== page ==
My Fair Lady: a Q&A with Adam Woodyatt

From Wednesday 15 to Saturday 25 February, My Fair Lady will be playing at The Bristol Hippodrome. Below, Adam Woodyatt – who will be playing Alfred P.Doolittle – answers some questions about the show.

What hooked you in about playing Alfred P. Doolittle?
It is such an iconic role. The original stage show and the film came out before I was born but the story and characters are ingrained into musical theatre history, as are the two songs I get to perform: “With a Little Bit of Luck”and “Get Me to the Church on Time”. Everyone knows the music and when it came along I was like “I’ve got to give this a go”.

How would you sum him up as a character?
There’s an edge to him. He’s very outspoken, very socialist, and he does what he likes. He lives life his own way and that’s it. He has opinions on things and always thinks he is absolutely right about all of it. He has this wonderful speech where he says “I’m not the deserving poor, I’m the undeserving poor”. I’m having so much fun playing around with it and looking at different ways of doing it, and Bartlett Sher [the director] wants him to not just be a comedy character but one who, as I say, also has an edge. There’s something else behind it, there’s something else that’s driving him.

Can you relate to him in any way or are you completely different?
I’m completely different. He’s very much a man of that time, although it’s interesting how George Bernard Shaw [who wrote Pygmalion on which My Fair Lady is based] favours women in his writing, as does Alan Jay Lerner’s book for the show. They create strong female characters whilst showing the men to be not so good. [Laughs] There are perhaps stronger words to describe most of the men in the show but I’ll refrain from using them.

Have you seen Stephen K. Amos play the role in the West End?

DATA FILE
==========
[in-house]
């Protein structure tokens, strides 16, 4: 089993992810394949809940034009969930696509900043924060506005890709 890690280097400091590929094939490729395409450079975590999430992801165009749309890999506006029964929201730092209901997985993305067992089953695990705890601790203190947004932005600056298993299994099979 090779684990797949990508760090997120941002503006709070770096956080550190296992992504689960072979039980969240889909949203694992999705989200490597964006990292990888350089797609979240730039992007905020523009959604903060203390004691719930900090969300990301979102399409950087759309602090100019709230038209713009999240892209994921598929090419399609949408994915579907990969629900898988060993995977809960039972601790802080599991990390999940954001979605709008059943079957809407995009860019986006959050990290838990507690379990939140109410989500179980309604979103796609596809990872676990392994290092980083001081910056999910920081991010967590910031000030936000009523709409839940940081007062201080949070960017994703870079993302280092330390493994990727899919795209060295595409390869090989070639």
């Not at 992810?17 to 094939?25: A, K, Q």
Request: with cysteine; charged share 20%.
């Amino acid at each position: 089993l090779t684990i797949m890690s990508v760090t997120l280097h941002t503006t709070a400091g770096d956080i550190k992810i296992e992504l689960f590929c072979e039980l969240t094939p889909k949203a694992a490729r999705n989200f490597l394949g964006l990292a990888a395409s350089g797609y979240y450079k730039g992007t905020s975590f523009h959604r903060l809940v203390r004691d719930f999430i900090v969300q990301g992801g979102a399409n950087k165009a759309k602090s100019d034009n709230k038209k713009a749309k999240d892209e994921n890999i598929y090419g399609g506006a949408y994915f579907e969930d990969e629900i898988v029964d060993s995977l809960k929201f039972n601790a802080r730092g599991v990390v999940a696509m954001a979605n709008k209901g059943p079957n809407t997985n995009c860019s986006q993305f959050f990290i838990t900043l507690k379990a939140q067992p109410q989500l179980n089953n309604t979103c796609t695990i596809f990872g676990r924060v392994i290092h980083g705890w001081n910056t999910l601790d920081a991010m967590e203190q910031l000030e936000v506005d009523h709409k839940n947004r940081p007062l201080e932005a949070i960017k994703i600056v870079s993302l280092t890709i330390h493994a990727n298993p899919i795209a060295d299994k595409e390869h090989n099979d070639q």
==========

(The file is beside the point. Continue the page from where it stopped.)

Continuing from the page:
I have, yes, a few times. But that was more about watching the dance routines rather than studying his take on the character. We’re rehearsing for the tour while the show is still on at the London Coliseum so there is limited time to work with the ensemble.

You’ve done plenty of pantos but is this your first fully-fledged stage musical?
It isn’t, actually. It’s just a very, very long time since I’ve done one. I was in Oliver! back in 1980 in what is now the Noël Coward Theatre. That was my first musical and indeed my last until now. I played one of the kids in Fagin’s gang and [laughs] I had far more to do in that show than I have in this. But I’m bouncing around in rehearsals for My Fair Lady like an excited puppy. I’m not on stage loads but it’s so much fun.

Did you train in song and dance at the Sylvia Young Theatre School as well as drama?
I only did the evening classes in Wanstead because I was too busy working. In fact, I didn’t got to too many of the evening classes either because I kept picking up jobs, one of which was Oliver! So I never studied song and dance.

In that case, how are you finding the singing in My Fair Lady?
They’ve been very patient about getting me up to speed because it’s been a long time since I’ve sung. I didn’t often sing in panto. There was the odd time when I did but singing isn’t something that comes naturally to me, I have to work at it. With panto, because of my TV schedule, we didn’t always have the rehearsal time so it was easier for me not to sing.